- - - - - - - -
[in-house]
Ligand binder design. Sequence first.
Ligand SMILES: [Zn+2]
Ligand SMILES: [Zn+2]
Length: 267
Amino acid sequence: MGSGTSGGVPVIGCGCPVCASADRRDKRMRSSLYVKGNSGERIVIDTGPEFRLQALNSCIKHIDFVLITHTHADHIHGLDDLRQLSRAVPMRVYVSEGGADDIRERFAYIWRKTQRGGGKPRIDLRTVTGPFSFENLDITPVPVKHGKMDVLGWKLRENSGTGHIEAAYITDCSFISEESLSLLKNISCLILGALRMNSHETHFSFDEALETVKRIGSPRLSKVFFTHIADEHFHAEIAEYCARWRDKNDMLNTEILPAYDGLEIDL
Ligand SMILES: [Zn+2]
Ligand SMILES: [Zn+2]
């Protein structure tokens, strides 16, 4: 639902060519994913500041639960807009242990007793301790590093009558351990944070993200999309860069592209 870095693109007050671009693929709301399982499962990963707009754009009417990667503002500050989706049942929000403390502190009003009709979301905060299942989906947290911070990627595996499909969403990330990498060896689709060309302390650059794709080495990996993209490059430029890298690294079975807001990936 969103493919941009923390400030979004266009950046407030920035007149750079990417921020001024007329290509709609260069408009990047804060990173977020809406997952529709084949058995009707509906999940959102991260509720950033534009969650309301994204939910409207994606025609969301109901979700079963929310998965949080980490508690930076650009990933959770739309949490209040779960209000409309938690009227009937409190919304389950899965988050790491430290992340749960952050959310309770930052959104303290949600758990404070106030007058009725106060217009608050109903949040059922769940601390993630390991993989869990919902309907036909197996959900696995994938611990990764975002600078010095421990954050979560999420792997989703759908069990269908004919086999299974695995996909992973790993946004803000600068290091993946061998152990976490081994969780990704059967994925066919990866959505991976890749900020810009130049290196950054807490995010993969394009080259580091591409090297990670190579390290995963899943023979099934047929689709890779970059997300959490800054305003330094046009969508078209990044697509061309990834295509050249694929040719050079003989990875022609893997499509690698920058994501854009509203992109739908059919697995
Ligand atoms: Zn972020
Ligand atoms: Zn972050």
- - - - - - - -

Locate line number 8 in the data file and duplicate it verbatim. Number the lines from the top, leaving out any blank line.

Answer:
Ligand SMILES: [Zn+2]